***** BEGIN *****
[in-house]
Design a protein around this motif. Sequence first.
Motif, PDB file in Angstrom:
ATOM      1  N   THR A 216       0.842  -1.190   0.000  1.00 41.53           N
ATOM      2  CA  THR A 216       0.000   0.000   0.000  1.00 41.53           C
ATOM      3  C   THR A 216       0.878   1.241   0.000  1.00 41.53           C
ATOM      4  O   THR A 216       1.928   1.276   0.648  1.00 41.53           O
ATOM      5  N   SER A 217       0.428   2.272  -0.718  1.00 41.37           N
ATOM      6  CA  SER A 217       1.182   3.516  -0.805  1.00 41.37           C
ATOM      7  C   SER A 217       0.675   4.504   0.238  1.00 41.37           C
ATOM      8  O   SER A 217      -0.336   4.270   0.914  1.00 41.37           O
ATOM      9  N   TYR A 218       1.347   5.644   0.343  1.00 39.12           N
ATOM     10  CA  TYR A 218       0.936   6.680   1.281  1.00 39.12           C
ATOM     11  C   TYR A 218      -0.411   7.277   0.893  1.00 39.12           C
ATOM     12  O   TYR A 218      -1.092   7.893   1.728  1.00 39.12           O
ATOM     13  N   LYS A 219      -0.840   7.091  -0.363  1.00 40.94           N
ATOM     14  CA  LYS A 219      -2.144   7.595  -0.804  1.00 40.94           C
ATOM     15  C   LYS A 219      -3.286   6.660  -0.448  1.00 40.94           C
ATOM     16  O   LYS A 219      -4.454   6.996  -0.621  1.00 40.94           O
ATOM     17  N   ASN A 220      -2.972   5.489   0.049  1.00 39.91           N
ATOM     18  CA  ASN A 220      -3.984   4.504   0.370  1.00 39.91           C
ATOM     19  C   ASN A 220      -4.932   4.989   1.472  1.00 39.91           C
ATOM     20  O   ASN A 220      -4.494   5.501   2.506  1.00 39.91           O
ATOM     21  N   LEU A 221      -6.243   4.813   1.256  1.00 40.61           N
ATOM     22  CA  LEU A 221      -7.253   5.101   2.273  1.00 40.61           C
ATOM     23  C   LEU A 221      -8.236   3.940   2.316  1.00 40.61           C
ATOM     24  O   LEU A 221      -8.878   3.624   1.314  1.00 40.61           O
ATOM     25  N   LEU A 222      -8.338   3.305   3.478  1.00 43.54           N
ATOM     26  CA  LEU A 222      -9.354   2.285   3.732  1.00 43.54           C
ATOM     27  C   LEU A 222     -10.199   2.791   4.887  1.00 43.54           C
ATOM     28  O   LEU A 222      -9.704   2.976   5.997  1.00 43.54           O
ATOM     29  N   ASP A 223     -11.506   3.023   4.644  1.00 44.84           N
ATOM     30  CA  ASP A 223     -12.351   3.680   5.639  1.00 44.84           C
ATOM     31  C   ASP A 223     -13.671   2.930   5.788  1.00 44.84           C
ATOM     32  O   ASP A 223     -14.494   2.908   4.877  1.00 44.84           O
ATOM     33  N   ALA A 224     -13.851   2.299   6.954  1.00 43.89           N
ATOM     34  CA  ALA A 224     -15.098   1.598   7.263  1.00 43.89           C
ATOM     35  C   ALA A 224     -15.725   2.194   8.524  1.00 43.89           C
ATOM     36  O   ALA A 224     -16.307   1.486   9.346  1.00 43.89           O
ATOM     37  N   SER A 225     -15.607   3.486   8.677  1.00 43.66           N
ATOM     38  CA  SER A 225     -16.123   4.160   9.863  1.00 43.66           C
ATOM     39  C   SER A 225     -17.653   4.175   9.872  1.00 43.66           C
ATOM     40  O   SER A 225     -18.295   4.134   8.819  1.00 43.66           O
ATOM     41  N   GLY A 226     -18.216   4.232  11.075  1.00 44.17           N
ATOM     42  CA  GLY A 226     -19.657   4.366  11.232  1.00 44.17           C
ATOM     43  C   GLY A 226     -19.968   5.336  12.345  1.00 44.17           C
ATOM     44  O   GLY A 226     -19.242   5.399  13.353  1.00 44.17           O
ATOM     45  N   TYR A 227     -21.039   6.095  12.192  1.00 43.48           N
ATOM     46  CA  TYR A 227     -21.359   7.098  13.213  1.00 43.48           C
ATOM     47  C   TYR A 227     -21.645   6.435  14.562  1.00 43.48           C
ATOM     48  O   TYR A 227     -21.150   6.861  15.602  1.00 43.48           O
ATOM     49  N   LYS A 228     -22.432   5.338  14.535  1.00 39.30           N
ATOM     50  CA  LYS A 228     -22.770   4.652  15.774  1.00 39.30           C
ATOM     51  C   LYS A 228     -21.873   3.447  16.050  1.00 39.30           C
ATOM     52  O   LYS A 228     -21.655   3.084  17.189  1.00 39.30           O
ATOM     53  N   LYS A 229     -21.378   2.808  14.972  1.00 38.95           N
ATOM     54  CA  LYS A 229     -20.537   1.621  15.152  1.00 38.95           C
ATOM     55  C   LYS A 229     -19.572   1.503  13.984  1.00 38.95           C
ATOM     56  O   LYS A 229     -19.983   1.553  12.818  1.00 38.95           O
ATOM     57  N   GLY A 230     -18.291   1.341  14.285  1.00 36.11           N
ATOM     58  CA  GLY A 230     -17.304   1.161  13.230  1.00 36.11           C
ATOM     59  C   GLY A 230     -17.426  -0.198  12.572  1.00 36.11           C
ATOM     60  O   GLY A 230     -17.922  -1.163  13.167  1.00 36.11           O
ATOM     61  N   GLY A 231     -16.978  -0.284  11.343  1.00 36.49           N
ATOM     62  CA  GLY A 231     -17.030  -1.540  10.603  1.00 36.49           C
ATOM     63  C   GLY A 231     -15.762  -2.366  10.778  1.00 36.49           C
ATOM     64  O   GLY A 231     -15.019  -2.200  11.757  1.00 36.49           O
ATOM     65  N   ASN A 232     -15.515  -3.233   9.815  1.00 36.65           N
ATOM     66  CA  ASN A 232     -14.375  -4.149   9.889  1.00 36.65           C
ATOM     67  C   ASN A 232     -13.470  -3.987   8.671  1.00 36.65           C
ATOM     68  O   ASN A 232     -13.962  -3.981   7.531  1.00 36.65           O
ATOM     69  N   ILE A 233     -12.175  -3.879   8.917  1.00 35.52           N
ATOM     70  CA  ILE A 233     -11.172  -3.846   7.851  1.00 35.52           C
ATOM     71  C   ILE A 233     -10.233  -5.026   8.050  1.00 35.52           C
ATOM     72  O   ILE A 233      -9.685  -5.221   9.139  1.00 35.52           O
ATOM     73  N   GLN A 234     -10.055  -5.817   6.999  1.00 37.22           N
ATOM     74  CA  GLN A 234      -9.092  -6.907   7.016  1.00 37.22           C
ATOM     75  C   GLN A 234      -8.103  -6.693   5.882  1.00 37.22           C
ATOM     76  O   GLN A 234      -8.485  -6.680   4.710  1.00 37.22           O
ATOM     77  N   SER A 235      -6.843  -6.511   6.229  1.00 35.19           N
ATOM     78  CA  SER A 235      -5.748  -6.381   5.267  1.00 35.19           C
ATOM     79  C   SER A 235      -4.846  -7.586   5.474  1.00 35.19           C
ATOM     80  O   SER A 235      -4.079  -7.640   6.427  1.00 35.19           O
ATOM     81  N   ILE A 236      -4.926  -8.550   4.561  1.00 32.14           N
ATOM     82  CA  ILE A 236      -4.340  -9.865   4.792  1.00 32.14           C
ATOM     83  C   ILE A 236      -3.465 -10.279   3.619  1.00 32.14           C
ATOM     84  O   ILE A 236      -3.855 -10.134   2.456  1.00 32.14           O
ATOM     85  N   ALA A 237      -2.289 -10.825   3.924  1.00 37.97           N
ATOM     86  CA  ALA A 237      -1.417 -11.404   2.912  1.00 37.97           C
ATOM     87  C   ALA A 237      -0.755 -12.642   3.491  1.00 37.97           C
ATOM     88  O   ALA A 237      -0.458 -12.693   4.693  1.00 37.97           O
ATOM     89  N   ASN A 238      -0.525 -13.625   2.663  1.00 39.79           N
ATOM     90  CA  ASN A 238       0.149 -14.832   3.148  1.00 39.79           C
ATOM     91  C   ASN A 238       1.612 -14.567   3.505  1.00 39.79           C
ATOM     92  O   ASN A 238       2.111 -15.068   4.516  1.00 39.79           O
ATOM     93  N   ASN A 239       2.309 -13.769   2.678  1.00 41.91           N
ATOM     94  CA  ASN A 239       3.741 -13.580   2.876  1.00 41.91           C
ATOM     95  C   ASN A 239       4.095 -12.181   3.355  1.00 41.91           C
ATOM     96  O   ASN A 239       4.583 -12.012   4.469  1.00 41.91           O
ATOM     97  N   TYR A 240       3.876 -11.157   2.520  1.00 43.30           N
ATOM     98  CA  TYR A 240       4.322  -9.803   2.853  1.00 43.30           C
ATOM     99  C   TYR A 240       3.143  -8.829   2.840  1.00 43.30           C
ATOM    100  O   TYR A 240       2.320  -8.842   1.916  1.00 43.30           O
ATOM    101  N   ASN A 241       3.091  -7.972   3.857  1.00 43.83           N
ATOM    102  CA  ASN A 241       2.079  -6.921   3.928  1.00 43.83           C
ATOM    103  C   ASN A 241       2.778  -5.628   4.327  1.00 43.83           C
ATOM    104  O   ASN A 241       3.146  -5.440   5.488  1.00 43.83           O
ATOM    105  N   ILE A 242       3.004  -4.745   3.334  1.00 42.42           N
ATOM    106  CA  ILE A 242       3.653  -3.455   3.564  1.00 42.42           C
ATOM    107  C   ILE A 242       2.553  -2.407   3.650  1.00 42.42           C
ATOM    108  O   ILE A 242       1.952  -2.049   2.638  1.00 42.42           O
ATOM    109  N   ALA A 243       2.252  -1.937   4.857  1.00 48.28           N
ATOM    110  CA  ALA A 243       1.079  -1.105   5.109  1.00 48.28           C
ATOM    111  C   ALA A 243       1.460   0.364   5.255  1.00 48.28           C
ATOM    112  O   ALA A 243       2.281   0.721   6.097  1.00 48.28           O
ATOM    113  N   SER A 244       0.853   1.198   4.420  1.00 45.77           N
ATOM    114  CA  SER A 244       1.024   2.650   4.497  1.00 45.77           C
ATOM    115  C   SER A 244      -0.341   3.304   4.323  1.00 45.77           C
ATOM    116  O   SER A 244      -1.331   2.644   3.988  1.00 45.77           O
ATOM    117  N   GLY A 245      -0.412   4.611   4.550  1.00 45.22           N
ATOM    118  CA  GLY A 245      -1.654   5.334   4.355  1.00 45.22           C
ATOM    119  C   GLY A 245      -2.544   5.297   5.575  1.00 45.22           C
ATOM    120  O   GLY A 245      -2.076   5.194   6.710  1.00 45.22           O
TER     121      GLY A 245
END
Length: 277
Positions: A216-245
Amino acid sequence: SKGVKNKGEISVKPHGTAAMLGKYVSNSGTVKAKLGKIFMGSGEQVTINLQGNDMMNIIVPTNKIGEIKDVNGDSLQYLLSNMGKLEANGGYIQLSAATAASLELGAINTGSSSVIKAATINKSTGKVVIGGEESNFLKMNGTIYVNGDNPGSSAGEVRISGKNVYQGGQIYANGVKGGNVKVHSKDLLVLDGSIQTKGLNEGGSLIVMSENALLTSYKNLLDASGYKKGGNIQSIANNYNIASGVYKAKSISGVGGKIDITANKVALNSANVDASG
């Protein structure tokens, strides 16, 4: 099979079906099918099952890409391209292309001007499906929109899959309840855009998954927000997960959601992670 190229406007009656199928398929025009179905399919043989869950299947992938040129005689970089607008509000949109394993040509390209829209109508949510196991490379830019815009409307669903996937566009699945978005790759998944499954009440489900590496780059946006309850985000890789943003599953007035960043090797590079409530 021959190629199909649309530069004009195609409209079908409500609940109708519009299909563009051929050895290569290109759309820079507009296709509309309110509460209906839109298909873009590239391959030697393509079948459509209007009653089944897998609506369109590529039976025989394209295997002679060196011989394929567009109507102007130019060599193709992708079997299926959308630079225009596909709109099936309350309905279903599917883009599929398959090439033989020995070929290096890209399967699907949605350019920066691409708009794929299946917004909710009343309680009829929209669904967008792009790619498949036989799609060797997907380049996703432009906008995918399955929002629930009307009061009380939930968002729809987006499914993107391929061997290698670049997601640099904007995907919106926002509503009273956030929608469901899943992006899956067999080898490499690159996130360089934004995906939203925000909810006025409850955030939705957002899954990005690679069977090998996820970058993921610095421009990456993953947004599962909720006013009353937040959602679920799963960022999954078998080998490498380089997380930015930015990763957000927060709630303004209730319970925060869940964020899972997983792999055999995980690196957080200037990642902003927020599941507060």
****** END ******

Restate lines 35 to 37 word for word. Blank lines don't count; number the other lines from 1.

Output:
ATOM     32  O   ASP A 223     -14.494   2.908   4.877  1.00 44.84           O
ATOM     33  N   ALA A 224     -13.851   2.299   6.954  1.00 43.89           N
ATOM     34  CA  ALA A 224     -15.098   1.598   7.263  1.00 43.89           C